Amid concern over the budget for funding clean energy deployment, the Government has confirmed that it will halt the spread of onshore wind and shift solar further onto rooftop-only schemes.
In an interview with the Sunday Times, new energy and climate secretary, Amber Rudd, announced that putting new planning rules and a ban on subsidies in place for onshore wind was “one of the first things we’re going to do”.
The ban was promised in the Conservative manifesto, which argued that “onshore windfarms often fail to win public support”, but the pledge has faced strong criticism from both the renewables industry and environmental groups.
Industry body, RenewableUK, recently estimated that onshore wind contributed some £1 billion to the UK economy in 2014.
The technology has also proved to be one of the most competitive forms of renewable energy, accounting for 15 of the 27 projects that won funding from the Government’s first Contracts for Difference (CfD) renewable energy auction in February 2015.
However, there is confusion as to what a ban on subsidies for onshore wind will actually entail, as the Government has previously argued that its CfD scheme – the primary support mechanism for renewable energy – does not technically constitute a subsidy. The Government is yet to reveal its position on this issue.
The move to curb financial support for onshore wind also comes amid increasing speculation that the Government’s budget for supporting renewable energy – set out by its Levy Control Framework (LCF) – will be extremely tight over the next five years.
Some fear that without additional funding, the Government will either have to cut support for large renewable energy projects in the pipeline or further reduce the Feed in Tariff (FiT) subsidy available for small-scale renewables.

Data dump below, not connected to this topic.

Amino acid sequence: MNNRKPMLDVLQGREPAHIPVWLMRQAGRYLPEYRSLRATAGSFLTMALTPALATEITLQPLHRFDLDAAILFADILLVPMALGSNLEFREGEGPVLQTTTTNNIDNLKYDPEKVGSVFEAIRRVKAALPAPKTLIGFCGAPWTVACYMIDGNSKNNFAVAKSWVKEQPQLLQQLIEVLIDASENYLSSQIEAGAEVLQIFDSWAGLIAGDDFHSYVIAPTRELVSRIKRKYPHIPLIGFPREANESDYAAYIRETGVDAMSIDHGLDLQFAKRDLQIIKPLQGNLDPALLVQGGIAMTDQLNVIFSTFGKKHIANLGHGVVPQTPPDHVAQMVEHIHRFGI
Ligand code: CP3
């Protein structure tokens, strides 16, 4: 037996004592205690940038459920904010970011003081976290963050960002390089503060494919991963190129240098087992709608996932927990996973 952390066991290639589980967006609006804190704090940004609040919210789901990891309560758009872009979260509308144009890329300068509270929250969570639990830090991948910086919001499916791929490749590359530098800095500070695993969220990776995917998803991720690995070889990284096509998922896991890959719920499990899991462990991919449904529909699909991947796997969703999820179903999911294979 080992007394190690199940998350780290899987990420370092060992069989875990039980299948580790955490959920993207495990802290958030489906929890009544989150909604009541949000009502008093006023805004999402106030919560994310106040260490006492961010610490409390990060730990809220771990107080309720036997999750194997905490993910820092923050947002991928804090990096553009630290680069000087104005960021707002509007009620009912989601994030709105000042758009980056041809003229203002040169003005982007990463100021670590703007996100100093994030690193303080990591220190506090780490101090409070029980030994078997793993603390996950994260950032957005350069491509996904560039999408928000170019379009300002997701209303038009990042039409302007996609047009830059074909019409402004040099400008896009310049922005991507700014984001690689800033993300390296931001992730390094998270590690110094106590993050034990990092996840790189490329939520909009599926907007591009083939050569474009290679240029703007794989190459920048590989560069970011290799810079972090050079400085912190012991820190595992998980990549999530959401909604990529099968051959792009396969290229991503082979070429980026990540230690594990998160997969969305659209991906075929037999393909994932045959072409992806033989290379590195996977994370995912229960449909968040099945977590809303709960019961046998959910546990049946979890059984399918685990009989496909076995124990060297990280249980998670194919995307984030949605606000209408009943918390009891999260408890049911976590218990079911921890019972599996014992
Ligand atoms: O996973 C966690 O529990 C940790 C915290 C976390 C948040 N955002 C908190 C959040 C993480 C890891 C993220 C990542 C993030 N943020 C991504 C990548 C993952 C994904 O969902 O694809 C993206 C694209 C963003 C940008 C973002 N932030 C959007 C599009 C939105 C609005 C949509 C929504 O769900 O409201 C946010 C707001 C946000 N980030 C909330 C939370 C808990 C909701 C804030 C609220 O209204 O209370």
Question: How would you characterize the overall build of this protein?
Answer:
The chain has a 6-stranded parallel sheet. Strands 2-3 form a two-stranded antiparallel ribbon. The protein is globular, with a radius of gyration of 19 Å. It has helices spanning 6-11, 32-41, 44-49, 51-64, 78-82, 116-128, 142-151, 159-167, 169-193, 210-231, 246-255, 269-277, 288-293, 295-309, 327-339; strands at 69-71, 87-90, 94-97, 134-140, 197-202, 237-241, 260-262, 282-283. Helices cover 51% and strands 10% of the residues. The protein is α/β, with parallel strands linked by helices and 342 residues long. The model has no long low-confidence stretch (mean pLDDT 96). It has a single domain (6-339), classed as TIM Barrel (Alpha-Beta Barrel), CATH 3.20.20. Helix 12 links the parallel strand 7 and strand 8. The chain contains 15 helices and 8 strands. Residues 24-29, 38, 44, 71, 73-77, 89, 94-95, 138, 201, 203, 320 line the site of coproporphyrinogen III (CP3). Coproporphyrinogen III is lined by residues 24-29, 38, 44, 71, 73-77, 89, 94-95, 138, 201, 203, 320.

Former energy minister, Greg Barker, has said that the LCF will be the new Government’s biggest energy-related challenge.
“Such was the success of the coalition in deploying clean energy, we are now racing through that budget at a rate of knots and questions are now being asked as to how we manage the remaining budget”, he said.
Meanwhile, Amber Rudd has cemented her position on continuing the coalition policy of phasing out support for large solar farms and shifting the market towards rooftop applications, saying: “I want to unleash a new solar revolution – we have a million people living under roofs with solar panels and that number needs to increase.”
Although many in the solar PV industry argue that the rooftop market is not yet large enough to offset the losses of the ground-mounted solar farm market as subsidies dry up, there are encouraging signs that new opportunities will begin to present themselves.
One potential avenue for development is fitting solar panels on purpose-built shelters above car park spaces, a market that is already gaining traction in the US. According to Hampshire-based solar firm, Hive Energy, a nationwide rollout across the UK’s 17,000 non-residential car parks could provide enough energy to power nearly 1.7 million homes, as well as provide the infrastructure for charging electronic vehicles.
Housing associations are also a growing market, with a new report from the National House Building Council Foundation revealing that solar PV is the most popular green technology in use.